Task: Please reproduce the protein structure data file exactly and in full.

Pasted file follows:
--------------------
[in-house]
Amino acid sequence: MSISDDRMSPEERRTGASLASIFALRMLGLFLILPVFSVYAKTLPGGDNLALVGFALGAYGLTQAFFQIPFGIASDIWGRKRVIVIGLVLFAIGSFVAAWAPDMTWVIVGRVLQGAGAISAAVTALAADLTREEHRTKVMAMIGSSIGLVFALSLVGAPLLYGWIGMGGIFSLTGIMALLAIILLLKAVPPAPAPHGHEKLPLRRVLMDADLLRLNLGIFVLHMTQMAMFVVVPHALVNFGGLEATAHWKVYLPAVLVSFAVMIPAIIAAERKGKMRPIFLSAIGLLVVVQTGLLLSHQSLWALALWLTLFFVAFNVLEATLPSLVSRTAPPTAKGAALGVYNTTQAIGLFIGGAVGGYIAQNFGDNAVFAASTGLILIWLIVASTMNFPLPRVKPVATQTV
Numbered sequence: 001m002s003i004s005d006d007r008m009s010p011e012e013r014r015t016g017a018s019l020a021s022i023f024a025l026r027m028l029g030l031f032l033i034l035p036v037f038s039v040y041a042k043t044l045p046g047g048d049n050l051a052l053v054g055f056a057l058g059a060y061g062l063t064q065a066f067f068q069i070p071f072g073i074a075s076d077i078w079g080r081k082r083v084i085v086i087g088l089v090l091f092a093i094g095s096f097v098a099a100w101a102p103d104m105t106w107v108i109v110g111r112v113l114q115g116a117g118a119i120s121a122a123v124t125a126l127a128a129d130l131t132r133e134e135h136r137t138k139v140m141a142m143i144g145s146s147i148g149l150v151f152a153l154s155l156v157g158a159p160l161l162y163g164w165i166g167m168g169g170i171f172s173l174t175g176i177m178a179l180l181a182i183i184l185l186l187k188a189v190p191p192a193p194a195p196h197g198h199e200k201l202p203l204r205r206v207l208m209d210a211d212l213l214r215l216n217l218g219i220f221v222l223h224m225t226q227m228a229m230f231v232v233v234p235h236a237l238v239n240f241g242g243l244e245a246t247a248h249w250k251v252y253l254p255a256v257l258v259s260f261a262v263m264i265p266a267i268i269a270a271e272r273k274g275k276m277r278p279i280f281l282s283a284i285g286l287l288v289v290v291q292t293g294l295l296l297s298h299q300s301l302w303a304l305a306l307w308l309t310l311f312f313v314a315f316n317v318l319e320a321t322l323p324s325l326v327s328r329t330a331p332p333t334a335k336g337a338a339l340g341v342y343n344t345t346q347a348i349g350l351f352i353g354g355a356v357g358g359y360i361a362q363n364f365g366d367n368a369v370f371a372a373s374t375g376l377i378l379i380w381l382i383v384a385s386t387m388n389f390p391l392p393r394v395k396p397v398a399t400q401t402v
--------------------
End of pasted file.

[in-house]
Amino acid sequence: MSISDDRMSPEERRTGASLASIFALRMLGLFLILPVFSVYAKTLPGGDNLALVGFALGAYGLTQAFFQIPFGIASDIWGRKRVIVIGLVLFAIGSFVAAWAPDMTWVIVGRVLQGAGAISAAVTALAADLTREEHRTKVMAMIGSSIGLVFALSLVGAPLLYGWIGMGGIFSLTGIMALLAIILLLKAVPPAPAPHGHEKLPLRRVLMDADLLRLNLGIFVLHMTQMAMFVVVPHALVNFGGLEATAHWKVYLPAVLVSFAVMIPAIIAAERKGKMRPIFLSAIGLLVVVQTGLLLSHQSLWALALWLTLFFVAFNVLEATLPSLVSRTAPPTAKGAALGVYNTTQAIGLFIGGAVGGYIAQNFGDNAVFAASTGLILIWLIVASTMNFPLPRVKPVATQTV
Numbered sequence: 001m002s003i004s005d006d007r008m009s010p011e012e013r014r015t016g017a018s019l020a021s022i023f024a025l026r027m028l029g030l031f032l033i034l035p036v037f038s039v040y041a042k043t044l045p046g047g048d049n050l051a052l053v054g055f056a057l058g059a060y061g062l063t064q065a066f067f068q069i070p071f072g073i074a075s076d077i078w079g080r081k082r083v084i085v086i087g088l089v090l091f092a093i094g095s096f097v098a099a100w101a102p103d104m105t106w107v108i109v110g111r112v113l114q115g116a117g118a119i120s121a122a123v124t125a126l127a128a129d130l131t132r133e134e135h136r137t138k139v140m141a142m143i144g145s146s147i148g149l150v151f152a153l154s155l156v157g158a159p160l161l162y163g164w165i166g167m168g169g170i171f172s173l174t175g176i177m178a179l180l181a182i183i184l185l186l187k188a189v190p191p192a193p194a195p196h197g198h199e200k201l202p203l204r205r206v207l208m209d210a211d212l213l214r215l216n217l218g219i220f221v222l223h224m225t226q227m228a229m230f231v232v233v234p235h236a237l238v239n240f241g242g243l244e245a246t247a248h249w250k251v252y253l254p255a256v257l258v259s260f261a262v263m264i265p266a267i268i269a270a271e272r273k274g275k276m277r278p279i280f281l282s283a284i285g286l287l288v289v290v291q292t293g294l295l296l297s298h299q300s301l302w303a304l305a306l307w308l309t310l311f312f313v314a315f316n317v318l319e320a321t322l323p324s325l326v327s328r329t330a331p332p333t334a335k336g337a338a339l340g341v342y343n344t345t346q347a348i349g350l351f352i353g354g355a356v357g358g359y360i361a362q363n364f365g366d367n368a369v370f371a372a373s374t375g376l377i378l379i380w381l382i383v384a385s386t387m388n389f390p391l392p393r394v395k396p397v398a399t400q401t402v